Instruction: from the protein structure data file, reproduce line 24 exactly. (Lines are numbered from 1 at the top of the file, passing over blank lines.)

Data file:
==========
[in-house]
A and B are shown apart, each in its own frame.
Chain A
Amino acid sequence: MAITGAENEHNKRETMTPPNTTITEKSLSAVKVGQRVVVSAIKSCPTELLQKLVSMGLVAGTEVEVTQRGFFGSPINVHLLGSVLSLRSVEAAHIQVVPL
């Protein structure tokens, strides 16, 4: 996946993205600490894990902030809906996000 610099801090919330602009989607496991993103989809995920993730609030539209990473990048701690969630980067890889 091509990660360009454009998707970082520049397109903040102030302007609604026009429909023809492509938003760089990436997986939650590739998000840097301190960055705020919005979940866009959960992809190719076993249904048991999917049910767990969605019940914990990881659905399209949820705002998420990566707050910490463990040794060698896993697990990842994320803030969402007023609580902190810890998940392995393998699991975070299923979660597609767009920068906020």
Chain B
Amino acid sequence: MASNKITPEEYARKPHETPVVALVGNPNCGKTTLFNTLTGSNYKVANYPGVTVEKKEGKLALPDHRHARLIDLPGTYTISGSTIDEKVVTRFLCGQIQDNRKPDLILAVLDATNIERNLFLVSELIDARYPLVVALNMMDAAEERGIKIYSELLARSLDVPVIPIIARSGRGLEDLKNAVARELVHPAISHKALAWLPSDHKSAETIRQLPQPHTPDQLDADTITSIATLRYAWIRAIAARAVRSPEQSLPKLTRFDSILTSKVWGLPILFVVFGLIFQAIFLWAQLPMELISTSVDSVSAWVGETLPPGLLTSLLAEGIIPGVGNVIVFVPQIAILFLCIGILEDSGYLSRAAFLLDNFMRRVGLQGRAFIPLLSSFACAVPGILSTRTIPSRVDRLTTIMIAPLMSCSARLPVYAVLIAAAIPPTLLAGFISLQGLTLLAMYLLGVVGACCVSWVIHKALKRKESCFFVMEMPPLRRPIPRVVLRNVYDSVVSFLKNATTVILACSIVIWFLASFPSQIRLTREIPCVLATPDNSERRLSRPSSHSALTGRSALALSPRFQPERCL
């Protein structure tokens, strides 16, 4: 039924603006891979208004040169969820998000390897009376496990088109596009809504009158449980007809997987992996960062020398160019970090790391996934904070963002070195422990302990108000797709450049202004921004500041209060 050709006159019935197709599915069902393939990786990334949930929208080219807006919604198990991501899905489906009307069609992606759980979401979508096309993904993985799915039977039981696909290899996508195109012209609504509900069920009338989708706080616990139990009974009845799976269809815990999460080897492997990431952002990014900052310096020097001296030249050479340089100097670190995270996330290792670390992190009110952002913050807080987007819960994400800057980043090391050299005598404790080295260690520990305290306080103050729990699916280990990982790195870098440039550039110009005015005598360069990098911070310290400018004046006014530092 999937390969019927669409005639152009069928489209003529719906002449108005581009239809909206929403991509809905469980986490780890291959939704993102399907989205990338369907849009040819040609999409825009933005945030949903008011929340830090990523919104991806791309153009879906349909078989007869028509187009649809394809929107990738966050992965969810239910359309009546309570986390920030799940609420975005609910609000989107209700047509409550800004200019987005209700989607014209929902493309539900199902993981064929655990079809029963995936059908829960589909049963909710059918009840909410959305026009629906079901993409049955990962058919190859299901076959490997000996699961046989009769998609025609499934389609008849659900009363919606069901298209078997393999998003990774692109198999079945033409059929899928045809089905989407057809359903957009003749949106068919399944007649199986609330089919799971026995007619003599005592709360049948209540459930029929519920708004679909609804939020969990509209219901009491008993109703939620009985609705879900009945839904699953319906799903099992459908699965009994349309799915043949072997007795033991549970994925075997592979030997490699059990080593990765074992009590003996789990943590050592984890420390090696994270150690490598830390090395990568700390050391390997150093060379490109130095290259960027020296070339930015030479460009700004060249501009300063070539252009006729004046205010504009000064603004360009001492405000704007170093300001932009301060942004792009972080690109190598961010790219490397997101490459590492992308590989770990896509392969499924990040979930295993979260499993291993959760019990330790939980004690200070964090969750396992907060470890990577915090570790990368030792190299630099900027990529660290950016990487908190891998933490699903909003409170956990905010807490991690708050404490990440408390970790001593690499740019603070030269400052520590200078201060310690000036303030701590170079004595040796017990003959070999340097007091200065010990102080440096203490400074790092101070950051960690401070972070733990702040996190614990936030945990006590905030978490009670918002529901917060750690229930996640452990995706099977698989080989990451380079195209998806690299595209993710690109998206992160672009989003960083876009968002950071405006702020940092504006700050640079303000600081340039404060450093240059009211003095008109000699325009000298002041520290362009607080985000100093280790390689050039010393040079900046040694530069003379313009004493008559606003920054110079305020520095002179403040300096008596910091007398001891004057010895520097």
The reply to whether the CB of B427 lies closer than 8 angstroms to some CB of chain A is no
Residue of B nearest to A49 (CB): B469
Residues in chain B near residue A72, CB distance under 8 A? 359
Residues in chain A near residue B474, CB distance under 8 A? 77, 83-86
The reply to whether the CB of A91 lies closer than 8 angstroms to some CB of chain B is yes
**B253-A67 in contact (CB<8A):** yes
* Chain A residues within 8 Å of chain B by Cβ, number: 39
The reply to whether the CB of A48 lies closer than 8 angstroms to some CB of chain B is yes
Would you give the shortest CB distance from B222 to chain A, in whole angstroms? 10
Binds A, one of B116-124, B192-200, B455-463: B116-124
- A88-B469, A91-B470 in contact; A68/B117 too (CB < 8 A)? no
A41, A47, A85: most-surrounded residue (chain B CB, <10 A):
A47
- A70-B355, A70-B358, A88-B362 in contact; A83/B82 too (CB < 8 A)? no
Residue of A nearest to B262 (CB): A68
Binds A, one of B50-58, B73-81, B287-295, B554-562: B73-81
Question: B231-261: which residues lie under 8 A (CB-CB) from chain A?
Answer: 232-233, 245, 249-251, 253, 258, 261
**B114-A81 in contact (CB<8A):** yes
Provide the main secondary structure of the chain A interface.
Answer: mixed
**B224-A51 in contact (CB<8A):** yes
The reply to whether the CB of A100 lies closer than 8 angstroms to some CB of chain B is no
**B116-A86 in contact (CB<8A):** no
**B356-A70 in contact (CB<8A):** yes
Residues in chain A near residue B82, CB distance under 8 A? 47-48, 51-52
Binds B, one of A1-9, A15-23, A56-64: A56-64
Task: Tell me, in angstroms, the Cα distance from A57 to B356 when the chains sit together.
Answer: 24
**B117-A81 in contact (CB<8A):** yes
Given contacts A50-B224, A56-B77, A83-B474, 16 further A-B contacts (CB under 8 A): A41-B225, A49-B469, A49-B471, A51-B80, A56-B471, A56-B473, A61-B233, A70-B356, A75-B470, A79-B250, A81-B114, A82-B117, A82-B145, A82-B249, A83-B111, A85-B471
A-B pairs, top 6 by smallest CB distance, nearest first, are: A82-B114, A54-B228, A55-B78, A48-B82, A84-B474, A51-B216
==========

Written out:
Binds A, one of B50-58, B73-81, B287-295, B554-562: B73-81